Bresillon goes on to argue that the article conforms to many Islamist notions of feminism, which value the role of women, but reject the notion of equality as a Western import. I can’t speak to the Islamist notions of equality, but this is certainly the perception of Ennahda that many of Tunisia’s opposition members hold. This especially after the fact that Ennahda lawmakers this week also proposed a blasphemy law that would criminalize any blasphemous speech or actions, including the recent art exhibit which caused riots in Tunisia in June by Salafists. directed against the three main monotheistic religions. The new law was also widely criticized by human rights groups including Human Rights Watch:

 

While the blasphemy law is likely to have more widespread support in Tunisian society, which remains religious and conservative, it is unclear if the law on women’s rights will have the same support. Support for women’s rights has deep roots in Tunisia, not just because of the famous personal status code, put into place by Habib Bourguiba, but also from a deep intellectual tradition from Tunisian intellectuals such as Tahar Hadad, both of whom remain national heroes.

Recent polling by the Pew Forum has shown that many women in Tunisia are concerned over whether the ruling party would protect women’s rights, with over 36% of young women worried that their rights would be reduced. I’ll close with quote from Wafa Ben Hassine, who writes:

Putting aside the crude, incondite language the clause uses – an awful injustice is done to a whole society when the constitution of a country deems it apt to define a woman and her rights as complementary to man’s existence. The real debate should not be centered on women’s rights. Instead, it should focus on humancitizen rights. Relegating the woman’s role to complementary to that of a man’s could have serious effects on generations to come. The clause insinuates that women cannot stand alone as complete – that they are dependent on men.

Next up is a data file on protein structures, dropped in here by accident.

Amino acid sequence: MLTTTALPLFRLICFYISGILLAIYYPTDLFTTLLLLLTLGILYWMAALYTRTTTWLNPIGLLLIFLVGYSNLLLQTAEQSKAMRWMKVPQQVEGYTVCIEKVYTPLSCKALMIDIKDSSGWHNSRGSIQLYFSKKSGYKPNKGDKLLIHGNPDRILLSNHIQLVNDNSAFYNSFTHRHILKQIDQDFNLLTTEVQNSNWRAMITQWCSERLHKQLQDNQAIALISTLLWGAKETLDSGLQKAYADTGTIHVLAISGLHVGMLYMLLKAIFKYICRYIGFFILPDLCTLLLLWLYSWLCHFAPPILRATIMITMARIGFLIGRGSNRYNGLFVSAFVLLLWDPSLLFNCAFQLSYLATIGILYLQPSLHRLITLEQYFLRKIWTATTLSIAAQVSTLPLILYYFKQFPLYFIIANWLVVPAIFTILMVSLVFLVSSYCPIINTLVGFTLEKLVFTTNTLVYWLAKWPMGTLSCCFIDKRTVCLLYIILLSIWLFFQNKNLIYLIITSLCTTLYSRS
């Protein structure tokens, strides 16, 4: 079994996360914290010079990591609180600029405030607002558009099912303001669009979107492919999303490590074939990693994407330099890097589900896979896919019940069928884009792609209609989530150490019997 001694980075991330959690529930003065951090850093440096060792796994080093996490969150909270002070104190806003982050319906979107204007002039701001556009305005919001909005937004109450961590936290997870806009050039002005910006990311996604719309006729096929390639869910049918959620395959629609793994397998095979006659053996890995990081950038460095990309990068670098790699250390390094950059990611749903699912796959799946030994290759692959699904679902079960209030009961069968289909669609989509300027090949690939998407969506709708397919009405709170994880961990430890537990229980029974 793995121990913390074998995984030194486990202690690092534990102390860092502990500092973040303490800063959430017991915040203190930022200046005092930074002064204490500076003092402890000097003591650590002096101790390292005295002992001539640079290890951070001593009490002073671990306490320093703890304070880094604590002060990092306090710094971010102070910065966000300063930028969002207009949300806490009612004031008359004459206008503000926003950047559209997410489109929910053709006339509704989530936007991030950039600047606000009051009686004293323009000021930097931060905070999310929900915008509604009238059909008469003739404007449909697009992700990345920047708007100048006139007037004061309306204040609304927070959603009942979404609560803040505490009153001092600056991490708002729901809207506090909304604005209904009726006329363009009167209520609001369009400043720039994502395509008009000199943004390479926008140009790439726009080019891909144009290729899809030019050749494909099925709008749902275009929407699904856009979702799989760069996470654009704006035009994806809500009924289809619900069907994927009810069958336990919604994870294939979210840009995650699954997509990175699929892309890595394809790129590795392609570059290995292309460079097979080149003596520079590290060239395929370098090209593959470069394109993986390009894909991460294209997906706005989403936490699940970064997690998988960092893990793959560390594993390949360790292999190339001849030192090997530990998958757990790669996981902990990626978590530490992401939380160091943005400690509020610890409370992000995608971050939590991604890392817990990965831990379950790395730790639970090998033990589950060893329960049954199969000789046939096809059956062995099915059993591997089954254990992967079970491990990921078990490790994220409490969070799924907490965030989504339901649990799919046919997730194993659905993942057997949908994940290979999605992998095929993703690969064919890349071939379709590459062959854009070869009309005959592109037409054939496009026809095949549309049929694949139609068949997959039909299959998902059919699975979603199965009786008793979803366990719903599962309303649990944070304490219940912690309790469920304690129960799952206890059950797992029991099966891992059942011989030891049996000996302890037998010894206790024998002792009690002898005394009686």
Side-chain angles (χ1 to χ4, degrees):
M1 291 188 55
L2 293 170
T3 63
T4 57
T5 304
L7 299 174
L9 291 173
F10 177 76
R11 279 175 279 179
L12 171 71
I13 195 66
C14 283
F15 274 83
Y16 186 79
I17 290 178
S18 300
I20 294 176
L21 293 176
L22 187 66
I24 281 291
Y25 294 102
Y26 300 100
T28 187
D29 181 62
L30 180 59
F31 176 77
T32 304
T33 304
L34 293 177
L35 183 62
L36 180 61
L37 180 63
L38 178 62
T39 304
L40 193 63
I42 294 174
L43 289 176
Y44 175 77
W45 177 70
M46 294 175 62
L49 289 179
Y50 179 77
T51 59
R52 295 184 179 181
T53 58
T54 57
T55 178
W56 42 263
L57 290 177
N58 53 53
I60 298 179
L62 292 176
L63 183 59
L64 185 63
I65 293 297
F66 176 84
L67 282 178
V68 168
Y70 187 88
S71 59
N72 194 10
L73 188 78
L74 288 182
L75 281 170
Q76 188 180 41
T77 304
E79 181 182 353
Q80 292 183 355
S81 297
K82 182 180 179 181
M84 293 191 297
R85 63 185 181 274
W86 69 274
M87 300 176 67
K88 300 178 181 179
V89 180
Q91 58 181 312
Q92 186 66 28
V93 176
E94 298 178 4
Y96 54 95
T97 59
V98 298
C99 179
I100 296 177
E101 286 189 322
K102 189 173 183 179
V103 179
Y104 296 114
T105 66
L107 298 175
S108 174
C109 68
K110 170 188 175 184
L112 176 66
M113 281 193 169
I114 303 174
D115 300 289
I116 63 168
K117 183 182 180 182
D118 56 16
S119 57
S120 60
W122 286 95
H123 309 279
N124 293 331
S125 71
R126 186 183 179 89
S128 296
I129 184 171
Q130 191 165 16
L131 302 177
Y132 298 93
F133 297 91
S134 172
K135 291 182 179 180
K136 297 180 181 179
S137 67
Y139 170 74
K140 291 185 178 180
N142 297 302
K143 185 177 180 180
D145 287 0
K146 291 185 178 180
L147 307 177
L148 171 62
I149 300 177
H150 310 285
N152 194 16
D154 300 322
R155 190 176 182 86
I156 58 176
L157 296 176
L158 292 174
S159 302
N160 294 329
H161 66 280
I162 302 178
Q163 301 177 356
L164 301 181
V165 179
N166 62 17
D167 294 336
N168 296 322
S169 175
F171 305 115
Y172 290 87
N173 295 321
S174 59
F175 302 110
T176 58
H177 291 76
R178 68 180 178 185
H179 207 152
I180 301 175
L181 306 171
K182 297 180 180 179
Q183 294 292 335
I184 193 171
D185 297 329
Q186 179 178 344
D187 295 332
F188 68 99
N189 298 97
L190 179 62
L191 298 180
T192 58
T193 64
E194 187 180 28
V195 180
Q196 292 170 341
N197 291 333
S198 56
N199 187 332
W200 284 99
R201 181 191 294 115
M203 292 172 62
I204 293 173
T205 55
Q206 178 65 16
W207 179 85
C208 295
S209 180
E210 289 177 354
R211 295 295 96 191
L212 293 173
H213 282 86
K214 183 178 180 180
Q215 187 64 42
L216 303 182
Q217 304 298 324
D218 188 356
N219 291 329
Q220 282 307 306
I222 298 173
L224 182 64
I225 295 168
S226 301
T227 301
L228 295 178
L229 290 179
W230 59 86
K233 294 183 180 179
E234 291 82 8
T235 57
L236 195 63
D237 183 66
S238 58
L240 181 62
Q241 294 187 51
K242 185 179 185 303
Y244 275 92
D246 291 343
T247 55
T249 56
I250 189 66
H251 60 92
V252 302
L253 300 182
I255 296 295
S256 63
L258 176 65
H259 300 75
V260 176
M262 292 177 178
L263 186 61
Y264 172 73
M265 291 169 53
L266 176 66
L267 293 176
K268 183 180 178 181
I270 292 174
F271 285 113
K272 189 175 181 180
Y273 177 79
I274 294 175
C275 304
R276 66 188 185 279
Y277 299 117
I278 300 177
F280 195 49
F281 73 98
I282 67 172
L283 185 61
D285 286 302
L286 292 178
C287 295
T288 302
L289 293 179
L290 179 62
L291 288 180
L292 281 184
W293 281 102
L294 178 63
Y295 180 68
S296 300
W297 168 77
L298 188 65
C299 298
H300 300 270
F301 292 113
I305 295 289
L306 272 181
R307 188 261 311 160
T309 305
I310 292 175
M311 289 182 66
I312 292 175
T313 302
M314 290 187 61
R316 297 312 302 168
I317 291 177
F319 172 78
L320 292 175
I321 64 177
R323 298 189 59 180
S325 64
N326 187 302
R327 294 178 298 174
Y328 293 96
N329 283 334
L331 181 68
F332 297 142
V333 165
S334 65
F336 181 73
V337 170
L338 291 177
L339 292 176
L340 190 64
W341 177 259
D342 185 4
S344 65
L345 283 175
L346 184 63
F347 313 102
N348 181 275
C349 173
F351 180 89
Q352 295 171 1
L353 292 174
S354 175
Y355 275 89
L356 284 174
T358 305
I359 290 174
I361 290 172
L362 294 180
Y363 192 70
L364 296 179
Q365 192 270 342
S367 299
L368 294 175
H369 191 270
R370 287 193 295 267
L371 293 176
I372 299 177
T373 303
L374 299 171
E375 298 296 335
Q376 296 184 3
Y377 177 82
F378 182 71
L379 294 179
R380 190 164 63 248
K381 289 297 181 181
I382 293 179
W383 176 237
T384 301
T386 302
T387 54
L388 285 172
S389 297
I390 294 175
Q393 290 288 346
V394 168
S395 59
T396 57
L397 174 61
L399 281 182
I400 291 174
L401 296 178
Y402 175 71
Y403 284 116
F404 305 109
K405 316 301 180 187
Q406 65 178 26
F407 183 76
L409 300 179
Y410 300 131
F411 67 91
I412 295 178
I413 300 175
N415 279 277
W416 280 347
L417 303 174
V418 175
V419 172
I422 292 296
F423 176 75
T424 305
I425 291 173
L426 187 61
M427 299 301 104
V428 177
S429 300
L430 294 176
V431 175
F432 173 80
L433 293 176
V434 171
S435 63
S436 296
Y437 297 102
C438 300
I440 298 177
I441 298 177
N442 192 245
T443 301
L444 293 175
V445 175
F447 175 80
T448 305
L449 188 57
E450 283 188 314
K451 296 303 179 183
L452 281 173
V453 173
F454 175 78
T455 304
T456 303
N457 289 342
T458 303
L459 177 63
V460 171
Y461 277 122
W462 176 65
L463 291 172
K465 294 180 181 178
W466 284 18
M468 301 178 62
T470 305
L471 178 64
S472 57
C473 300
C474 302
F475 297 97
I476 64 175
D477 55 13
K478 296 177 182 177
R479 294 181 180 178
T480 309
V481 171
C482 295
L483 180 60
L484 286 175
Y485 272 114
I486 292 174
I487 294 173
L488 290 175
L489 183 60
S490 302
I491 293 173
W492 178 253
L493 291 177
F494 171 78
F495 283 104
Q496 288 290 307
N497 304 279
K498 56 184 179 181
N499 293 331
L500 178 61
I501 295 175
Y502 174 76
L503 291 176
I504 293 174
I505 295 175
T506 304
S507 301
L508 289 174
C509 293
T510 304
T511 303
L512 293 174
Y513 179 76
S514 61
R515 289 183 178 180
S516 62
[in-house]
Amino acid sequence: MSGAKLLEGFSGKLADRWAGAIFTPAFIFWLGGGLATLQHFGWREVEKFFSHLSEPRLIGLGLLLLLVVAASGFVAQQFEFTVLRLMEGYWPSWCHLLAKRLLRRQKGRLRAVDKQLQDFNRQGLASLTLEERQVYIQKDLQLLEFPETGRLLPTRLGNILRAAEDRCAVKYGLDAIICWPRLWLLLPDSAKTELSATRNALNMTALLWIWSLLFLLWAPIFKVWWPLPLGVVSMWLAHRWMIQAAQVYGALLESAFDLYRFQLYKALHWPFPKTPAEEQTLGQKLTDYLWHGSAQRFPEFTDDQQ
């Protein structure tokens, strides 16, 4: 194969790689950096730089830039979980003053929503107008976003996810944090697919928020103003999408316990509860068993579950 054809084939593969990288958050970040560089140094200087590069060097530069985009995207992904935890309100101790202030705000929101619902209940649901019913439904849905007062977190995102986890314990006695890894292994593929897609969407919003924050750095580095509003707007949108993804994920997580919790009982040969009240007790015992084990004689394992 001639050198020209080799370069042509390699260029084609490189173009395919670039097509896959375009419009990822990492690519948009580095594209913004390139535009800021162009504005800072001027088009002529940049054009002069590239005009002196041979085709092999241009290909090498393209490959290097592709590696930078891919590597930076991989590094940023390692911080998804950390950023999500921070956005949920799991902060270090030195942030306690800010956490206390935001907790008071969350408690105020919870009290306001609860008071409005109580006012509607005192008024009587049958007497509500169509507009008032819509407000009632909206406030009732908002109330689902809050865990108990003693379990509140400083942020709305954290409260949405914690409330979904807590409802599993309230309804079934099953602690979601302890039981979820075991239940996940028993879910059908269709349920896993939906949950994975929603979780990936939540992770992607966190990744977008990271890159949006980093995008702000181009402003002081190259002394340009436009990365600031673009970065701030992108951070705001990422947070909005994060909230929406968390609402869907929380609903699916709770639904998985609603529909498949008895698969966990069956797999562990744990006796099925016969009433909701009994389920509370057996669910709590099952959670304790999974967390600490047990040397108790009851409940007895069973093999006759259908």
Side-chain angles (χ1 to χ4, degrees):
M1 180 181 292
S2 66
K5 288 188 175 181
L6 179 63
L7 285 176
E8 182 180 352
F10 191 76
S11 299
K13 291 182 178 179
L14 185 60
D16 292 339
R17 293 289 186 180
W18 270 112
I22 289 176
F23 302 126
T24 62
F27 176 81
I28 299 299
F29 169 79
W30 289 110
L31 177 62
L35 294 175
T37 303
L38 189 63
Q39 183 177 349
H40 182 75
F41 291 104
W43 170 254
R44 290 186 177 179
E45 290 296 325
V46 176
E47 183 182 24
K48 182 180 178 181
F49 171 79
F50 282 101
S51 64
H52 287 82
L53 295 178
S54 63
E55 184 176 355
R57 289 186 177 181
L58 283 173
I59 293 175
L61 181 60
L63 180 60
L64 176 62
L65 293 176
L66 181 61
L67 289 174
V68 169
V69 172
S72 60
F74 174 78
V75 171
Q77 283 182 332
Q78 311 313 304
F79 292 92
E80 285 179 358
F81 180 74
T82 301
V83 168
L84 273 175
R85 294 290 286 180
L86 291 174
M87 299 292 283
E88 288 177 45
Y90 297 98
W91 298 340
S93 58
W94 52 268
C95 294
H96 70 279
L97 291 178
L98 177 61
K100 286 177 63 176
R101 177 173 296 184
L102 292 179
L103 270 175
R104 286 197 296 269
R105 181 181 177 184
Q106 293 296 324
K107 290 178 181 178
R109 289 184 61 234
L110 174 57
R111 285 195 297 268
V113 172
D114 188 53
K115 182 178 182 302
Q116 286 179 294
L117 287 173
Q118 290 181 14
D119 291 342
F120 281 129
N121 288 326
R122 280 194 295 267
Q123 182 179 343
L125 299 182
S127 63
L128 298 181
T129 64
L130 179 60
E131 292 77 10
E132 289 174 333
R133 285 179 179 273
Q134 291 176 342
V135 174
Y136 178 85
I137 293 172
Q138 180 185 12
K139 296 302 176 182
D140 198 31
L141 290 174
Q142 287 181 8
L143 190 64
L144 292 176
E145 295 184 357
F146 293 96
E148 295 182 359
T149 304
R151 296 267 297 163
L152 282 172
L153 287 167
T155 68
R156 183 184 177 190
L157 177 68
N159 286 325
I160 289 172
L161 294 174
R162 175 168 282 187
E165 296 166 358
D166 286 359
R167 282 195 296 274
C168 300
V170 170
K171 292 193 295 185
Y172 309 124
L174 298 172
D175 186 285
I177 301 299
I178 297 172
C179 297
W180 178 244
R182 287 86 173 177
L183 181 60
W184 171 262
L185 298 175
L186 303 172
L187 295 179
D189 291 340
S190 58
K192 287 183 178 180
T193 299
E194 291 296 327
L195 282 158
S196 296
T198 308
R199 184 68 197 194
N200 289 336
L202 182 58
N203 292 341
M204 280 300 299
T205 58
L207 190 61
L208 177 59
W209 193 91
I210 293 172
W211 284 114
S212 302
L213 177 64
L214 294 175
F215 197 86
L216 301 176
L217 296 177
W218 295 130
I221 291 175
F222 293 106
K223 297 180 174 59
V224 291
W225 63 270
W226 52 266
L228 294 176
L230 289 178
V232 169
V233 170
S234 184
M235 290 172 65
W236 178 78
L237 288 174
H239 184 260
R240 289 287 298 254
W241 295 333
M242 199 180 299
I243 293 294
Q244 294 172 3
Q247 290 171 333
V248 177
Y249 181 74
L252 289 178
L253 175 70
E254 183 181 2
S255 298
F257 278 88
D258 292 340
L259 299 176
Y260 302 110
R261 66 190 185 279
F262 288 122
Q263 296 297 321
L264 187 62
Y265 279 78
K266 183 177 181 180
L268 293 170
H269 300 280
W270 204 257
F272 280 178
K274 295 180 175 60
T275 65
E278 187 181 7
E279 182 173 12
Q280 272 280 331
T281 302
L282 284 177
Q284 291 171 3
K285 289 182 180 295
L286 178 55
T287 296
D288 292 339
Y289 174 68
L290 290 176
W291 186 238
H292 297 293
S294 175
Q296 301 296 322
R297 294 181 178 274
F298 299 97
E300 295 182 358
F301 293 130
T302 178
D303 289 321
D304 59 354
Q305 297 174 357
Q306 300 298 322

[Finally, a note to readers, I'll be on summer holidays for the next couple weeks, more from Tunisia upon my return]

A glitch in Egyptian protocol or a purposeful humiliation? Marzouki’s trip to Egypt

Proper protocol: Tunisian president Habib Bourguiba being greeted by U.S. President John F Kennedy in New York in 1961. Photo courtesy of JFK Library.

Tunisian social networks have been abuzz today over President Moncef Marzouki’s visit to Egypt and the apparent lack of protocol provided for the Tunisia head of state. While newly elected Egyptian president Morsi held a joint press conference with Marzouki today and met with him privately, many commenters have been outraged that Marzouki was greeted not by Morsi, or the Egyptian prime minister (as had been expected), but by the relatively low level minister of electricity.

More abuzz came this afternoon as photos came out of Marzouki’s meeting with Morsi, in which contrary to usual protocol, only the Egyptian flag was on display (see photo below).Embedded image permalink

Of course, none of these events are happening in a vacuum. Marzouki has had a difficult few weeks with his presidential powers coming into question over the government’s apparent non-consultation with him over the extradition of the former Libyan Prime Minister Baghdadi Mahmoudi. Marzouki then proceeded to try to fire the Central Bank governor, a decision that backfired after the prime minister, Ennahda member Hamadi Jebali, reversed his position on the firing and refused to support Marzouki’s move.

Against these troubles for Marzouki, came the reports that Ennahda is pushing strongly in the Constituent Assembly for an unelected, figurehead presidency in the new constitution. This adds further fuel to the fire for those who think that the Islamist party is trying to diminish the role of the presidency for their own policy gains – this time through their counterparts in Egypt.